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Pagglait is a heart-warming, insightful drama which finally leaves you with a smile and a tear

(3/5)
Pagglait is a heart-warming, insightful drama which finally leaves you with a smile and a tear

Stills from the movie

Film: Pagglait

Director: Umesh Bist

Cast: Sanya Malhotra, Ashutosh Rana, Sheeba Chaddha, Raghubir Yadav, Shruti Sharma, Rajesh Tailang, Sayani Gupta, Jameel Khan, Sharib Hashmi

Nonika Singh

Jab ladki log ko akal aati hai na, toh sab unhe pagglait hi kehte hain.” A girl coming into her own and finding her sense of self is not exactly a new story. Many a film has gone down that path. But the setting in which Sandhya (Sanya Malhotra) realises her true being sure is rather unusual.

She has only recently lost her husband, apparently the only earning member of the family. While the family, especially the parents, are in mourning, the young widow seems to be caught in an unemotional state. As she tells her friend, “Na rona aa raha hai aur bhookh bhi daba ke lag rahi hai.” Clearly asking for a soft drink and potato chips in an environment where the family is being forced to eat saatvik food sans spices and condiments is a blasphemy of sorts. Why is she behaving in a manner ‘un-becoming’ of a widow? Is it post-traumatic stress as one member of the family suggests or is it lack of love in their relationship?

As the story unfolds much, including her husband Aastik’s ex-girlfriend Aakansha (Sayani Gupta), comes to the fore. Amidst the rituals that follow a death in India, especially in UP, the director takes us through many motions and emotions. He draws an interesting parallel between tradition and modernity, between a spirit acquiring a body and a living person finding her true spirit. Intercutting scenes of the family performing rituals and the widow sneaking out and surreptitiously eating golgappas, the camera (Rafey Mahmood, the cinematographer, does a fine job) moves deftly and captures the flavours and smells of this town in UP. And the director-writer Bist engages you in a heart-warming, insightful drama which is as much about loss as gain. Simultaneously, he challenges many archaic/orthodox practices but without rubbing it in. Nothing is in your face. At the core of Pagglait, which is a tad quirky, a whole lot meaningful are some truly progressive values, not the least of which hover around a widow’s space, freedom and identity.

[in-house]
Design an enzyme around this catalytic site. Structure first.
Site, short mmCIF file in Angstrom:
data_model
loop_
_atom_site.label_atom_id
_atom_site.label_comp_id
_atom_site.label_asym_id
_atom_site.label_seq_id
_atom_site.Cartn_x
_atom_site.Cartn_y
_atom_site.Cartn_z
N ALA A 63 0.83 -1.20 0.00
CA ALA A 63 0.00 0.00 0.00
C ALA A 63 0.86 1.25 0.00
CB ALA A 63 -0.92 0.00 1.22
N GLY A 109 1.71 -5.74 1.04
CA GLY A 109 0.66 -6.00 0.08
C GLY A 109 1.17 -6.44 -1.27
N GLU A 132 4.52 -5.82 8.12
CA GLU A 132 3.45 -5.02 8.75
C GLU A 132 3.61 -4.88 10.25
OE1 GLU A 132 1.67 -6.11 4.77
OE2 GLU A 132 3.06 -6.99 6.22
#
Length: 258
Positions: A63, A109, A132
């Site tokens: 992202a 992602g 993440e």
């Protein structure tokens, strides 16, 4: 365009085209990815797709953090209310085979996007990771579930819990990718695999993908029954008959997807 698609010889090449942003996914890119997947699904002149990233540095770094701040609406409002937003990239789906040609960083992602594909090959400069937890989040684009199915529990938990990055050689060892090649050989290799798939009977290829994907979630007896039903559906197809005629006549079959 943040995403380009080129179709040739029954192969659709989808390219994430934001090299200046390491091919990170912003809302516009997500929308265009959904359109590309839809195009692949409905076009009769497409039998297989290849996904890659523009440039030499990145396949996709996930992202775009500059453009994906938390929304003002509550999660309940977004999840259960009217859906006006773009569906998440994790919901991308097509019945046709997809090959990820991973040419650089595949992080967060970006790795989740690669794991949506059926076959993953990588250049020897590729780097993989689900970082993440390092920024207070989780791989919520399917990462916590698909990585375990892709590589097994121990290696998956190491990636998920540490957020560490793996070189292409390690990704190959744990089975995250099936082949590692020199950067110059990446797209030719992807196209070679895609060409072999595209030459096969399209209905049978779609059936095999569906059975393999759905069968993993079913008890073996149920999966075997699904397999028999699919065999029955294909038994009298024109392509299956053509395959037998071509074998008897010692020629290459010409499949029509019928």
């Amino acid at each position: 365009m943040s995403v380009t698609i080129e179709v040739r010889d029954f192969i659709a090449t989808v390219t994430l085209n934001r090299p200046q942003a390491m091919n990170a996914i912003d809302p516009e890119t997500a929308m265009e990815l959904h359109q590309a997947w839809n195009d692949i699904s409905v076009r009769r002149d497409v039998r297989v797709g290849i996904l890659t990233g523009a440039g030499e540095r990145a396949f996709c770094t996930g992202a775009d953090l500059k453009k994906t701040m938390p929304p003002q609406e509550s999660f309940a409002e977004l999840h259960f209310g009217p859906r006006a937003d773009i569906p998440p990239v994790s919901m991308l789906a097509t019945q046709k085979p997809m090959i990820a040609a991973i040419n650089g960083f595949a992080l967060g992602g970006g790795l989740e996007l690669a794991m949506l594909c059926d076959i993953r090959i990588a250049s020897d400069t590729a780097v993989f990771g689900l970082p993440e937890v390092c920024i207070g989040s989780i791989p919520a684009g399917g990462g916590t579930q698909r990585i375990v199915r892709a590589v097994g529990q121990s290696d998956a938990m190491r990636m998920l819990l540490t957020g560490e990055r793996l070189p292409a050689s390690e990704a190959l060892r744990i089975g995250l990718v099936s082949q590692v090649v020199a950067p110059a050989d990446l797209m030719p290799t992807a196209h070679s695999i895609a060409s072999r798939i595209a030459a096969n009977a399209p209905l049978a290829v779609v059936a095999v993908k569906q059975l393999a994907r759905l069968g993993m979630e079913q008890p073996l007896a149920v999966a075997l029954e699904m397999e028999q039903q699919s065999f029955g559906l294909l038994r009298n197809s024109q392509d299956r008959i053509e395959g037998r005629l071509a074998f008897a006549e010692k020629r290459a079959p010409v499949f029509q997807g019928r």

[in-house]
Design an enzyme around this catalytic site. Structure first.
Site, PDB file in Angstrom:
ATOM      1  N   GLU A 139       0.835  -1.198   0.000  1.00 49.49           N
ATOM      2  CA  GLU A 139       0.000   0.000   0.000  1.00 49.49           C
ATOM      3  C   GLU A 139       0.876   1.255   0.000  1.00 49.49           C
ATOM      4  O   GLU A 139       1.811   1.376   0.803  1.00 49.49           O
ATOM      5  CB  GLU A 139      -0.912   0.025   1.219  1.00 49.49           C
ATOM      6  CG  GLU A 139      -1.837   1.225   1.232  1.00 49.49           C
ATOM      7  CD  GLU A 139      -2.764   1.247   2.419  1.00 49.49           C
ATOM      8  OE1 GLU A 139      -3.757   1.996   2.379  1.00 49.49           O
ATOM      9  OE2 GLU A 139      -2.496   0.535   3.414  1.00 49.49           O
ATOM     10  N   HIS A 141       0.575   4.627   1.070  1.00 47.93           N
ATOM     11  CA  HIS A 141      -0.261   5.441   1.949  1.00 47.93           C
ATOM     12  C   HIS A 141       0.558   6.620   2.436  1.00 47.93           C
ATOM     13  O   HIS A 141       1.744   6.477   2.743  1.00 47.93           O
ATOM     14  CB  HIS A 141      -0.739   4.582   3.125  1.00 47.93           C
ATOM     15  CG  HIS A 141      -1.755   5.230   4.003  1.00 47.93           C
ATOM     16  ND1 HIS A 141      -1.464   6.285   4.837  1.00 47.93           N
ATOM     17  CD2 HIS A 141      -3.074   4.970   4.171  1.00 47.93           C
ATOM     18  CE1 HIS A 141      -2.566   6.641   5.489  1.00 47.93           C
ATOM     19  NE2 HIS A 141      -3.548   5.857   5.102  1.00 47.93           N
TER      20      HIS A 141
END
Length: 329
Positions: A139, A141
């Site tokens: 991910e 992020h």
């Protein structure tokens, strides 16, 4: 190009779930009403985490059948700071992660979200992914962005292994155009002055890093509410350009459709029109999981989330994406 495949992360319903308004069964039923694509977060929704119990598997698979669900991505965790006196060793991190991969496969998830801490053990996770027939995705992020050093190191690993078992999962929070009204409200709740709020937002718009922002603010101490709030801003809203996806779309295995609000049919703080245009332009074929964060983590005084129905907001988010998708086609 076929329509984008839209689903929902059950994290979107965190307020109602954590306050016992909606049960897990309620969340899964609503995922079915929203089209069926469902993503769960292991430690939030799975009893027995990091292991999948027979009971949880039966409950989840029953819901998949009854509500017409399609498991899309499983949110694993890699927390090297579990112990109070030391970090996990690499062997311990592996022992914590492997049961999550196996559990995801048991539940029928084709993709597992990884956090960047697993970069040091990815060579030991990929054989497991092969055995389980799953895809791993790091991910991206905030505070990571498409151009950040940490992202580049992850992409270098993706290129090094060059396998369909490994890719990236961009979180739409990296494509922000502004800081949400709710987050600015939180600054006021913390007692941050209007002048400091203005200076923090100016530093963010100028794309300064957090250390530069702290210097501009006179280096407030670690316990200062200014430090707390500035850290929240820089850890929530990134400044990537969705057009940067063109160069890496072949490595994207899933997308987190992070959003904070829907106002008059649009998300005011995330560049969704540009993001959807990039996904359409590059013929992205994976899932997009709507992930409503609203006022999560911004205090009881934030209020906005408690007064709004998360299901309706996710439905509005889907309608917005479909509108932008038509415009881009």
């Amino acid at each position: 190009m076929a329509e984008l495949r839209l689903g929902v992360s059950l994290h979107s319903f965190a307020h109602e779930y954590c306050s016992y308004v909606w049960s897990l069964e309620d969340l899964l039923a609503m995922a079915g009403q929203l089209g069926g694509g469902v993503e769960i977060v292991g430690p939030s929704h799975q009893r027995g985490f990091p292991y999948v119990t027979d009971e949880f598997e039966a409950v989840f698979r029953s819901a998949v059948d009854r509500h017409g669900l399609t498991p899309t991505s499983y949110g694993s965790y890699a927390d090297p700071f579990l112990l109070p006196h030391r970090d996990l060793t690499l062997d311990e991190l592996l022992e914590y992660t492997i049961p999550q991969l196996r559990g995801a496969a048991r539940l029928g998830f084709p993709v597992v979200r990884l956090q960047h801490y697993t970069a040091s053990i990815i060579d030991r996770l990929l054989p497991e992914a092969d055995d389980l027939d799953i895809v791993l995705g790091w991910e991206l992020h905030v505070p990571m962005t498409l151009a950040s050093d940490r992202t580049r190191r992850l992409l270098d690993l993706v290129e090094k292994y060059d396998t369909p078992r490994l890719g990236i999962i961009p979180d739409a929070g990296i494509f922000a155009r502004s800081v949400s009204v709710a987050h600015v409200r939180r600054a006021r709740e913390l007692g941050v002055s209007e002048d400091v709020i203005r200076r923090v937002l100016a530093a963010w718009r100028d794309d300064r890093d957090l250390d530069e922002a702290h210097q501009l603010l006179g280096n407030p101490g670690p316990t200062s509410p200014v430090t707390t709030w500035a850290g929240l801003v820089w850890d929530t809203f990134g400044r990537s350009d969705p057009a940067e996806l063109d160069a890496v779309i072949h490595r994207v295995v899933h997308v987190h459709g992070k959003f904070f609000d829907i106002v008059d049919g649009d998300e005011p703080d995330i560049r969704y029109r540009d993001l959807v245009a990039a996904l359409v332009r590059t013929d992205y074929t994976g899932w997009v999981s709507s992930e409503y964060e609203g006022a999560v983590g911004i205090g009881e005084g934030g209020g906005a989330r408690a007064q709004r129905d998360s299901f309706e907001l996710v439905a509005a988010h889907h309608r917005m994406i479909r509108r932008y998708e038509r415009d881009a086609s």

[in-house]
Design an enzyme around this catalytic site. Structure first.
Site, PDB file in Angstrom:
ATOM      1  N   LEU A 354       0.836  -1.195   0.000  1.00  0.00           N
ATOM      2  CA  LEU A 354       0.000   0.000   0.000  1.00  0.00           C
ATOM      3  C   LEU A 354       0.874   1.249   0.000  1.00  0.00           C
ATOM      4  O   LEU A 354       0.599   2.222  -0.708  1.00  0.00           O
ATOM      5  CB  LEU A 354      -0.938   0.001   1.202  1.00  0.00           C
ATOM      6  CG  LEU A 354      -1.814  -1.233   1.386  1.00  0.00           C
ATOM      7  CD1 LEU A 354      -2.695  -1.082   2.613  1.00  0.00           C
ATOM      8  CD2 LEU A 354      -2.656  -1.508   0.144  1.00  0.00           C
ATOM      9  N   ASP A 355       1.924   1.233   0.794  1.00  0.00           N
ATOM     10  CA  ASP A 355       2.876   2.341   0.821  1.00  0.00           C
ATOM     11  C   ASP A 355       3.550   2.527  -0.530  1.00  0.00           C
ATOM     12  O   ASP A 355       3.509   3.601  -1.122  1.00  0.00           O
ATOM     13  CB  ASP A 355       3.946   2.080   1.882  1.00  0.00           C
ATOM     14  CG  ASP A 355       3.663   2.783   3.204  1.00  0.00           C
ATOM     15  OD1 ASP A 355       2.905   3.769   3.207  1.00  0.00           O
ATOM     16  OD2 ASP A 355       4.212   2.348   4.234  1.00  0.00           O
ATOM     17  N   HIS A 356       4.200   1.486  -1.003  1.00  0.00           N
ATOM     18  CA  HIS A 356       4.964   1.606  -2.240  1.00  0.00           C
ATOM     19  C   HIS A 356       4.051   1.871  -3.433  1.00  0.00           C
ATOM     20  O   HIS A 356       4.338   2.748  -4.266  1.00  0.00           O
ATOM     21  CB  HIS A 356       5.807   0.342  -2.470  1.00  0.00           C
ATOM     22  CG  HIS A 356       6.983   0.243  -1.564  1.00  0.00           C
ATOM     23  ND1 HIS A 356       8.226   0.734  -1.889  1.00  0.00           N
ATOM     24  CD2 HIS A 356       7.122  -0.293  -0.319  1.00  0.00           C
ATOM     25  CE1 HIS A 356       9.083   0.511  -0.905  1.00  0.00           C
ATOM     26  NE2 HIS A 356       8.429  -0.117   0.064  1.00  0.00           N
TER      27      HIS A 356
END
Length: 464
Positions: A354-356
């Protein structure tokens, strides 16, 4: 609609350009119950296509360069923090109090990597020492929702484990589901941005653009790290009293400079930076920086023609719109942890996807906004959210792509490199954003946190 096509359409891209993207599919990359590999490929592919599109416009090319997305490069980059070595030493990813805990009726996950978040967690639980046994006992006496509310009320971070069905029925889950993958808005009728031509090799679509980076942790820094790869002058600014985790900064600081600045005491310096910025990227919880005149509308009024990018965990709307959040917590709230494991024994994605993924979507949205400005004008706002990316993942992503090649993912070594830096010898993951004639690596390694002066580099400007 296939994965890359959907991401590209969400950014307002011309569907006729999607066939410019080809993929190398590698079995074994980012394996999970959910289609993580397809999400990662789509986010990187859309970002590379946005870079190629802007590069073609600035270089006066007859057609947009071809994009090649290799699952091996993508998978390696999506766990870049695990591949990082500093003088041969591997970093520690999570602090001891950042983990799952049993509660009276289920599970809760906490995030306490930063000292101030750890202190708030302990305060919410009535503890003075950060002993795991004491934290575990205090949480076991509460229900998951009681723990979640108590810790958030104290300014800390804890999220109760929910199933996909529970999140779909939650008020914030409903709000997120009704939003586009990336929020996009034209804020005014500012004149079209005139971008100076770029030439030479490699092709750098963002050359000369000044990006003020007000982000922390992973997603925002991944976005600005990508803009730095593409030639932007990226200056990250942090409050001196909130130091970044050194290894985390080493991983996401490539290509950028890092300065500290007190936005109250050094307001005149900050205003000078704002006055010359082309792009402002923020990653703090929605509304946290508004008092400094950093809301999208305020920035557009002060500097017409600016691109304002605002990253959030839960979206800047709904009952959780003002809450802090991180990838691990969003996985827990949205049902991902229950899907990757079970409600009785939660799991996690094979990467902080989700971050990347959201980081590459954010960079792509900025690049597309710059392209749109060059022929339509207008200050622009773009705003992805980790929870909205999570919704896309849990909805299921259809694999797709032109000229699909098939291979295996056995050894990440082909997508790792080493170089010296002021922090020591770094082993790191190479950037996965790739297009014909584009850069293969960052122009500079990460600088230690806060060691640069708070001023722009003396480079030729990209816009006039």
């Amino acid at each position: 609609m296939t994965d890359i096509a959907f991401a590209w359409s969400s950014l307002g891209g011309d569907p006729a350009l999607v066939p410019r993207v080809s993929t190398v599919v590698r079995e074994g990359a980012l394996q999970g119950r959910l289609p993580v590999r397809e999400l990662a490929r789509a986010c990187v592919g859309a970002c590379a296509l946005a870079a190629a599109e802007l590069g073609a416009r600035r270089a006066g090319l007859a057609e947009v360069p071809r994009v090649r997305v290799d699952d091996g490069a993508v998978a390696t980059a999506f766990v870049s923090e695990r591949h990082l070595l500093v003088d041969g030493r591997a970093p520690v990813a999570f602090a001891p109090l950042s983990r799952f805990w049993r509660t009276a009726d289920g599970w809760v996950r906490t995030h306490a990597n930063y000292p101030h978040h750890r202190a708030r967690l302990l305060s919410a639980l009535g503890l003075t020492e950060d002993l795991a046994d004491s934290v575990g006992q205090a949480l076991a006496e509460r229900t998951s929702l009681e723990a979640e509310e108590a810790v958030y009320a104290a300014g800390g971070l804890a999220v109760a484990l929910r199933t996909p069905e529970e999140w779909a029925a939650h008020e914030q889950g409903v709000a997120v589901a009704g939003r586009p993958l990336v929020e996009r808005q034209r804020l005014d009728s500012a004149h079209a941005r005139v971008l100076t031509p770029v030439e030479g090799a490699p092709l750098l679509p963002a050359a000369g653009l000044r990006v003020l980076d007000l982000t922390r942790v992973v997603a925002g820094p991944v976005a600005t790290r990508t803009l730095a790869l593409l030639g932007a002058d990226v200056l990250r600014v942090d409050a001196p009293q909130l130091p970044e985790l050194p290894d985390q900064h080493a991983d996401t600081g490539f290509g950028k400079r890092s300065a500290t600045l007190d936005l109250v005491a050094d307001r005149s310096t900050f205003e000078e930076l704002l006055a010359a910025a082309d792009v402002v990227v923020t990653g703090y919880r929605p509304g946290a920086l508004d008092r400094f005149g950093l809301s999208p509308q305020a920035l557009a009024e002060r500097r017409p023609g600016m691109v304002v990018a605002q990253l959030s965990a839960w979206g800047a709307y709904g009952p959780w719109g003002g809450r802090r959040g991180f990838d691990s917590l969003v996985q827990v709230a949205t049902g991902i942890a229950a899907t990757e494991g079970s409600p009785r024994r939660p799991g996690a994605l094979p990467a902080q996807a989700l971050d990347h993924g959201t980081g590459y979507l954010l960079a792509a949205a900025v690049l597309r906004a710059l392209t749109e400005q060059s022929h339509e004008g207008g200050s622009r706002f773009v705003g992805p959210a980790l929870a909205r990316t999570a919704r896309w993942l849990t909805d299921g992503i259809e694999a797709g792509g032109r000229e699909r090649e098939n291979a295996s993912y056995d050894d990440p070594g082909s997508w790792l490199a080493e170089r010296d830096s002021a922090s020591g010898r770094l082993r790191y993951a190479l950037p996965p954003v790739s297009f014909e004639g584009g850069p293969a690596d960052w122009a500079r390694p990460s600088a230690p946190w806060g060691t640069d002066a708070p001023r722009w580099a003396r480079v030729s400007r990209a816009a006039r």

Indeed, certain twists like who will ultimately get the insurance money are on predictable lines. But little about the film is clichéd. Actors easily navigate through the multiple layers of the narrative. Sanya Malhotra as Sandhya is a natural. and is proving her acting ability with each new project. Ashutosh Rana and Sheeba Chaddha as grieving parents are incredibly believable and lend heart and soul to their characters and bring alive the compulsions of a middle class family. Raghubir Yadav as the family’s elder brother who defies the very set of rules he sets for others is like always consummate. Other actors, be it the Rajesh Tailang, Aasif Khan, Yamini Singh or Jameel Khan, fill in the landscape that is rich with attention to detail and has enough room for each to make a mark. Music by Arjit Singh may not be the highpoint but songs like Thode Kam Ajnabi are lilting.

Though set in the aftermath of a young tragic death, the film is not in the least bit morose. Sombre at times, may be a trifle slow too, but uplifting all the while, it finally leaves you with a smile and a tear. The dead Aastik whom we never meet, only see him through his clothes, shoes and conversations, looms large and it’s his absence that marks his presence.

Often it takes a tragedy to not only discover the person one has lost as Sandhya does, but our own selves too. Pagglait in that sense is a revelation and realisation, a small nugget that calls for compulsory viewing as it streams on Netflix.

nonikasingh@tribunemail.com